Walker and Lawson both grew up mostly fatherless, bouncing between homes. Walker’s family sometimes lived in old cars or abandoned houses, said his mother, Ruby Nell Walker.
“We’ve never really had a real home,” said Naporcha Walker, Nathan’s 15-year-old sister.
He dropped out of school after spending three years in seventh grade. The family lives on food stamps and recently had to pawn their television and radio, Ruby Walker said.
“I just feel like he was at the wrong place at the wrong time. ... My son is not a rapist,” she said.
Ruby Walker said she herself was raped twice, at ages 7 and 12. She said that just days before the Dunbar attack, someone tried to rape her again, and “my son came to me crying and said he wouldn’t ever do that to anyone.”
She has had her own problems with the law — at least nine arrests on charges such as disorderly conduct, aggravated assault and battery, according to state records.
Avion Lawson was a headstrong kid, never listening to his mother, said his cousin, Cassandra Ellis.
“I knew he was bad, but I never pictured him to be that type of bad,” Ellis said. She said one traumatic experience may have scarred him — watching his older sister fatally stab a boyfriend.
“It was an accident. She killed her boyfriend. They was fighting, there was a knife,” Ellis said. “He was there when it happened.”
No safe spots
City officials are quick to note that neither Lawson nor Walker lived at Dunbar, and say they are doing their best to make the place safe.
As quickly as overhead lights can be replaced, they are shot out, so officials are now considering bulletproof lighting.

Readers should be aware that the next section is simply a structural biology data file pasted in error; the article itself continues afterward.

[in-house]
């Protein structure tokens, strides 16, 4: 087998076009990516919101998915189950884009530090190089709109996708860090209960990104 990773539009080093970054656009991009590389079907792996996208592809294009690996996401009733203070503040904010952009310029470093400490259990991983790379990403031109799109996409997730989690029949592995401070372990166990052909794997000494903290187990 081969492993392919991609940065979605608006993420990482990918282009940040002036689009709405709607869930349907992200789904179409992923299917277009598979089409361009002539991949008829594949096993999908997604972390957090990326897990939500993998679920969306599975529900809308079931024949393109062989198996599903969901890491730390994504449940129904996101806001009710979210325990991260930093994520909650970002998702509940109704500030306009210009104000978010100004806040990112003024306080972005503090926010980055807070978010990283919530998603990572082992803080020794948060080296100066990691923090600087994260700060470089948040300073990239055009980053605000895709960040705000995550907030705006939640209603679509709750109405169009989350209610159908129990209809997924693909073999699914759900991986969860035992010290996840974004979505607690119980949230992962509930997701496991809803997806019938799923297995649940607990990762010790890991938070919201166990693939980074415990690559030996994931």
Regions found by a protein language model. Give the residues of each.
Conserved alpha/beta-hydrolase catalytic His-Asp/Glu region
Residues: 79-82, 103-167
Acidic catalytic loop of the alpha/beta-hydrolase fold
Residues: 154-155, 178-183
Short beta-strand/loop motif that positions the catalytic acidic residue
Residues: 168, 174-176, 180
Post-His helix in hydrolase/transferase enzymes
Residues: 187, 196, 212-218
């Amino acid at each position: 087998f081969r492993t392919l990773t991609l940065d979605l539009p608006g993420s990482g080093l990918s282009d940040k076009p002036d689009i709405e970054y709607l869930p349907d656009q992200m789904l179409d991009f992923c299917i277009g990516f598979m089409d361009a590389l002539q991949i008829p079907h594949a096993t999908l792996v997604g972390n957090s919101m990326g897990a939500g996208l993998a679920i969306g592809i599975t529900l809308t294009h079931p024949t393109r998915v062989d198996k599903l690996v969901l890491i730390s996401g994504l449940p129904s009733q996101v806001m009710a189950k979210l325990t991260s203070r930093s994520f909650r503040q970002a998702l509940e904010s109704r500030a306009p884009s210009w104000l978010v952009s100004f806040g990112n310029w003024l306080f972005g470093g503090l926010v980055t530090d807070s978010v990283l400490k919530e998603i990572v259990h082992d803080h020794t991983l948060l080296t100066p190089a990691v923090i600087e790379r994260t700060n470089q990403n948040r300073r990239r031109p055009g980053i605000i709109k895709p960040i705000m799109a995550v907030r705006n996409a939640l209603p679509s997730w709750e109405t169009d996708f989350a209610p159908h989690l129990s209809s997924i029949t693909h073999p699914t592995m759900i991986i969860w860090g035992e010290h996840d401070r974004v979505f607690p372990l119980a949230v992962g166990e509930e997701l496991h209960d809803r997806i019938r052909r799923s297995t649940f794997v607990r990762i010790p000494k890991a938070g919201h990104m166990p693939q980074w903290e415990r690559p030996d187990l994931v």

“Isn’t that quite a commentary on what the situation is there?” said City Commissioner Molly Douglas, whose district includes part of Dunbar. “Dunbar Village is a hell hole. They shouldn’t have to live in fear.”
More officers are hitting the streets, but “I just bow my head sometimes and think we just couldn’t possibly have enough officers ever to take care of all of this,” Douglas said.
Laurel Robinson, head of the city’s housing authority, said that up until about four years ago, the federal government provided the city with $160,000 a year for security in public housing projects, but Congress did away with the money.
“Every family housing project in the country has suffered because of it,” she said.
Dreams of a better life in the U.S.
The rape victim and her son have not returned to Building 1843, Unit 2, since the attack.
The woman fled Port-au-Prince, Haiti, with her son seven years ago in search of a better life. With no money, they landed in Dunbar. The two almost instantly became targets for crime, standing out as Haitians among the mostly American-born blacks in the housing project. Her car and the boy’s bicycle were stolen. Their house was ransacked.
On the night of the attack, she was lured outside by a teenager who knocked on the door and said her car had a flat. Nine more teens, their faces shrouded with T-shirts, barged in, she told authorities. They brandished guns and demanded money, then went beyond the imaginable.
“I was so scared,” the woman told WPTV. “Some of them had sex with me twice, some of them had sex with me three times. They’re beating me up. They make me do those things over and over. The man with the big gun, he put the gun inside of me.”
She said that when she was forced to perform oral sex on her own son, she told the boy: “I know you love me, and I love you, too.”
Investigators say it is not clear exactly why the thugs picked her house.
The boy’s sight has returned. Both mother and son are seeking counseling.
“I have to try and talk to him every day. He’s so angry,” the woman said. “He said we never should have moved to Dunbar Village.”